Bill Weber and David Weissman's documentary The Cockettes is a comprehensive recreation of the group and its precise moment in a particularly tumultuous, heady time in American history. It's also a totally delightful hoot.

A hippie commune was where the group had its inception in 1969, under the leadership of Hibiscus (George Harris), who was dedicated to providing free food, as well as art and theatre, to the public. The wild, impossible idealism of the period is what comes through most strongly in the film, with The Cockettes as a more decadent, druggy version of Judy and Mickey putting on a show in the barn. Their "barn" was actually the Palace Theatre in North Beach, where they staged legendary, glitter-strewn midnight musicals such as Gone with the Showboat to Oklahoma and Pearls Over Shanghai. Divine even appeared once as a crustacean, singing "A Crab on Uranus Means You're Loved." Disco star Sylvester also performed, frankly putting the others to shame with his real musical talent. A career "high point" was their film, Tricia's Wedding, a satire of the nuptials of President Nixon's daughter, that depicted a drag queen Tricia, drunken Mamie Eisenhower, and Eartha Kitt spiking the punch with acid. Fan John Waters describes them as "complete sexual anarchy, which is always a wonderful thing.'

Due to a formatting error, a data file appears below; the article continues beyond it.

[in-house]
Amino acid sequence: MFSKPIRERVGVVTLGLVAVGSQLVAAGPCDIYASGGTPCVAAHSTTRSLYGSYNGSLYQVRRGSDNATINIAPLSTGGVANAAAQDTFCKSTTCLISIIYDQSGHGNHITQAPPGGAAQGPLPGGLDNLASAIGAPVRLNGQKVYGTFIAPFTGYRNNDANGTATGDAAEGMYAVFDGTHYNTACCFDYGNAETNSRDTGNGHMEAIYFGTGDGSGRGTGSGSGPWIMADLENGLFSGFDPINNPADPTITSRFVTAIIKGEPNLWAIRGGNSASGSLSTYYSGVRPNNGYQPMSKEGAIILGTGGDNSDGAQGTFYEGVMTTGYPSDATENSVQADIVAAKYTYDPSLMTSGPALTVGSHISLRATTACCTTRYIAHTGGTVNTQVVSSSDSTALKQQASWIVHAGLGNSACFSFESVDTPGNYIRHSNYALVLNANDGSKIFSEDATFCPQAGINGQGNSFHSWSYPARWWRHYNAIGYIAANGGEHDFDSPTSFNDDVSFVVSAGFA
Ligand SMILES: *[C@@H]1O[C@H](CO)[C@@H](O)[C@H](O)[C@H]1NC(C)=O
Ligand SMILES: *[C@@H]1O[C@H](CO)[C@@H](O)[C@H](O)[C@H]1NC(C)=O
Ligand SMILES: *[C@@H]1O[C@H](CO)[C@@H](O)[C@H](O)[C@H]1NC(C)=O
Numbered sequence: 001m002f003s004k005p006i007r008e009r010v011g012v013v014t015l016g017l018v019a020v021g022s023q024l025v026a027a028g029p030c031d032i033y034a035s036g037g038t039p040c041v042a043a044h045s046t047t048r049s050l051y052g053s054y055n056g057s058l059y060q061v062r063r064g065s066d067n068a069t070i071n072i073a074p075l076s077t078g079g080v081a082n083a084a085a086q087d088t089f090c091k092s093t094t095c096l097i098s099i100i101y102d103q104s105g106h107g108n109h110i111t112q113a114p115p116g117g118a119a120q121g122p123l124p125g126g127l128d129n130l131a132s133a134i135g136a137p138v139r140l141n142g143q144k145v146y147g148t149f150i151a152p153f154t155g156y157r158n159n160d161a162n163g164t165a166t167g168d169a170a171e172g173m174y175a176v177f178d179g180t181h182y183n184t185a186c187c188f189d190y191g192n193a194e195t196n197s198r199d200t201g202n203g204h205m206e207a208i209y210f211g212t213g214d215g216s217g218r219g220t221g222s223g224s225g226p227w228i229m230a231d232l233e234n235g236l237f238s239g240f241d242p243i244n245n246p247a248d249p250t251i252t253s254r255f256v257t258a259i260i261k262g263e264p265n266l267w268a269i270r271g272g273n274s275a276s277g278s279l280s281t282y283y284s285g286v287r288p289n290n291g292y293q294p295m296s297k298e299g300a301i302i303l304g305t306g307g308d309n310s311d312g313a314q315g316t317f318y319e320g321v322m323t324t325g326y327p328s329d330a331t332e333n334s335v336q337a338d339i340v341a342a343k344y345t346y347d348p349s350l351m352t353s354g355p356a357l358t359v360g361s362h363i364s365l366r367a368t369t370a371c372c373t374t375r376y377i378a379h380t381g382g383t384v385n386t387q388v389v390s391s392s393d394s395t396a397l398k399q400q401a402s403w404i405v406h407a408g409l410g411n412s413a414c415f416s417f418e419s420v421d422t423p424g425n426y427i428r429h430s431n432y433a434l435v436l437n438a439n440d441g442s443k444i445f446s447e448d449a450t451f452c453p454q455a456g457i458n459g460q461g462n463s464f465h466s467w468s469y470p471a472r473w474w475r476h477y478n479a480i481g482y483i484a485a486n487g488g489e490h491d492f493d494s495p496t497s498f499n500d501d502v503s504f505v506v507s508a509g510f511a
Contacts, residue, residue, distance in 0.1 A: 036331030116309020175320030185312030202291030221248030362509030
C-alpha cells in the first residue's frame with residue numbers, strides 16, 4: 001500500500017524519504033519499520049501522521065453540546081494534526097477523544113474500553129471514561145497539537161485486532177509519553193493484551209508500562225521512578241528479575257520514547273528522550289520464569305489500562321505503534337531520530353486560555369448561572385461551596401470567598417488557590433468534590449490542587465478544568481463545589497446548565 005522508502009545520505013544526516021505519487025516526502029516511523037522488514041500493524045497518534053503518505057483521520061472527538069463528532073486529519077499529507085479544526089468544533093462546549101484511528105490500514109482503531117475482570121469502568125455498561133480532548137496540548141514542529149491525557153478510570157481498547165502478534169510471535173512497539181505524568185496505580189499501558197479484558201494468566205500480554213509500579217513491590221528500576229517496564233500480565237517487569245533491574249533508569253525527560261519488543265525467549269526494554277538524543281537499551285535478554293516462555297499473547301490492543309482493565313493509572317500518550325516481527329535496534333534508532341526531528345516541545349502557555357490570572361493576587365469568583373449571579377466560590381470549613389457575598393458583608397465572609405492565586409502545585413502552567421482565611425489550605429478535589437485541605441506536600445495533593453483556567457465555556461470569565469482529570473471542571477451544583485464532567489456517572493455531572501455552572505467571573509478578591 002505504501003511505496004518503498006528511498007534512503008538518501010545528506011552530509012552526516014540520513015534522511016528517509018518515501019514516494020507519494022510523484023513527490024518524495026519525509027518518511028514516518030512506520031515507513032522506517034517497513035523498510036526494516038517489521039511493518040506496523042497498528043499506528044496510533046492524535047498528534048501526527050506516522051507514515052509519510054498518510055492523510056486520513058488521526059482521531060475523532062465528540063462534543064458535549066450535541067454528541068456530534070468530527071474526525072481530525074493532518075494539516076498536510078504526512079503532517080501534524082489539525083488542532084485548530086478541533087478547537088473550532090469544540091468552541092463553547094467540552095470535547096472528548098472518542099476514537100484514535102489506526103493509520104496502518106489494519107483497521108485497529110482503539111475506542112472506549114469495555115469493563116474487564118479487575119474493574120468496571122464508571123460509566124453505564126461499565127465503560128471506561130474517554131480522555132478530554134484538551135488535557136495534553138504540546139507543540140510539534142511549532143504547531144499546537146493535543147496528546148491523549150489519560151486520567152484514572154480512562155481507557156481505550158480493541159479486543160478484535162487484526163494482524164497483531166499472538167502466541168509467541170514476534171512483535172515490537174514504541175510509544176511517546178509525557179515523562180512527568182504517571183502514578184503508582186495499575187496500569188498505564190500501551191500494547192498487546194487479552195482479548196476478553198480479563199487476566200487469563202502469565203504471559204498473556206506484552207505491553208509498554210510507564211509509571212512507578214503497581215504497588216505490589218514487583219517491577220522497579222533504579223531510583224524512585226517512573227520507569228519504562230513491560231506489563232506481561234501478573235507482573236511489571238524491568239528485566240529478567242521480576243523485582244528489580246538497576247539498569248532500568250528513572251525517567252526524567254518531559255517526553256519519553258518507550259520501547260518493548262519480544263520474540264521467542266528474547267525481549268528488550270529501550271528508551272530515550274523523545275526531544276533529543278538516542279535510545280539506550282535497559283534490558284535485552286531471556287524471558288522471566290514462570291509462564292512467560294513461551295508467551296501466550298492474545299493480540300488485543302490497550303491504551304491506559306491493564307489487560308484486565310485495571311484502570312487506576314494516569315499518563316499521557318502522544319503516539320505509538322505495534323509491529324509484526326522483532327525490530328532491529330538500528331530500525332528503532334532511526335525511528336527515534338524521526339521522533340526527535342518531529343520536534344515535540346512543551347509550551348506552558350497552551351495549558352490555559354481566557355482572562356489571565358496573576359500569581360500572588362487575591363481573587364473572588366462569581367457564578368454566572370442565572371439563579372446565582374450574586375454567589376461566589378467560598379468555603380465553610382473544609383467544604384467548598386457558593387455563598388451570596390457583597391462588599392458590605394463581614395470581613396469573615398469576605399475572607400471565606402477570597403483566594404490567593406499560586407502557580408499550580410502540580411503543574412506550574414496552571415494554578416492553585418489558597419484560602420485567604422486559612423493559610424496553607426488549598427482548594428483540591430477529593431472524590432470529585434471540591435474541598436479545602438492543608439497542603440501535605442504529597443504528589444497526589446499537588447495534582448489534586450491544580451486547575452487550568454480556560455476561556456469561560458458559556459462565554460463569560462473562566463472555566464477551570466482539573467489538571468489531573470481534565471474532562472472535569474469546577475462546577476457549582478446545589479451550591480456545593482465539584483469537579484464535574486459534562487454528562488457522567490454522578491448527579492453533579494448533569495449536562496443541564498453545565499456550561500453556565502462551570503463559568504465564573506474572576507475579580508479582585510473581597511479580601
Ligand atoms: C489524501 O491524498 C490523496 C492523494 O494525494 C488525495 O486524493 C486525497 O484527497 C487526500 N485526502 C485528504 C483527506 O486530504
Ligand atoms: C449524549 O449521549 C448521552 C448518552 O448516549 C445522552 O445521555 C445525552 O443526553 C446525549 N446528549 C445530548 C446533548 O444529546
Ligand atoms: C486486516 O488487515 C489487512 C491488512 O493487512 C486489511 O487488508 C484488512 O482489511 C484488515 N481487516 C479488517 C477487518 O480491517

Amazingly, many of the original participants are still alive and--more amazingly--still able to communicate. (Hibiscus died of AIDS in 1982.) The filmmakers catch up with such unique personalities as John Flowers, Scrumbly, Dusty Dawn and Goldie Glitters, as well as ubiquitous New York treasure Sylvia Miles. She is particularly effective recalling The Cockettes' famously unsuccessful 1971 New York stage debut ("a disas-tuh!"). New York first-nighters thoroughly rejected the group's gleeful amateurishness, although once the deadly reviews were out, the more underground audiences came to enjoy. Ultra-dapper Peter Mintun, currently Manhattan's most elegant lounge singer, also remembers more raffish days when he was a sorely challenged music director with the group. With success, increased professionalism and business realities began to creep in, driving the group asunder. Many of them objected to charging admission fees for what they still wanted to do for free (an attitude frankly unimaginable in this new millennium). The Cockettes' swan song came with a performance in 1972, after which they disbanded, with some continuing to perform while others dropped out of show business entirely. Drugs and AIDS took their toll, as well, but the memory of The Cockettes lives on in this film, as well as in the work of John Waters, and, of course, the more gaudy moments of subsequent performers ranging from David Bowie and Elton John to Bette Midler and Marilyn Manson.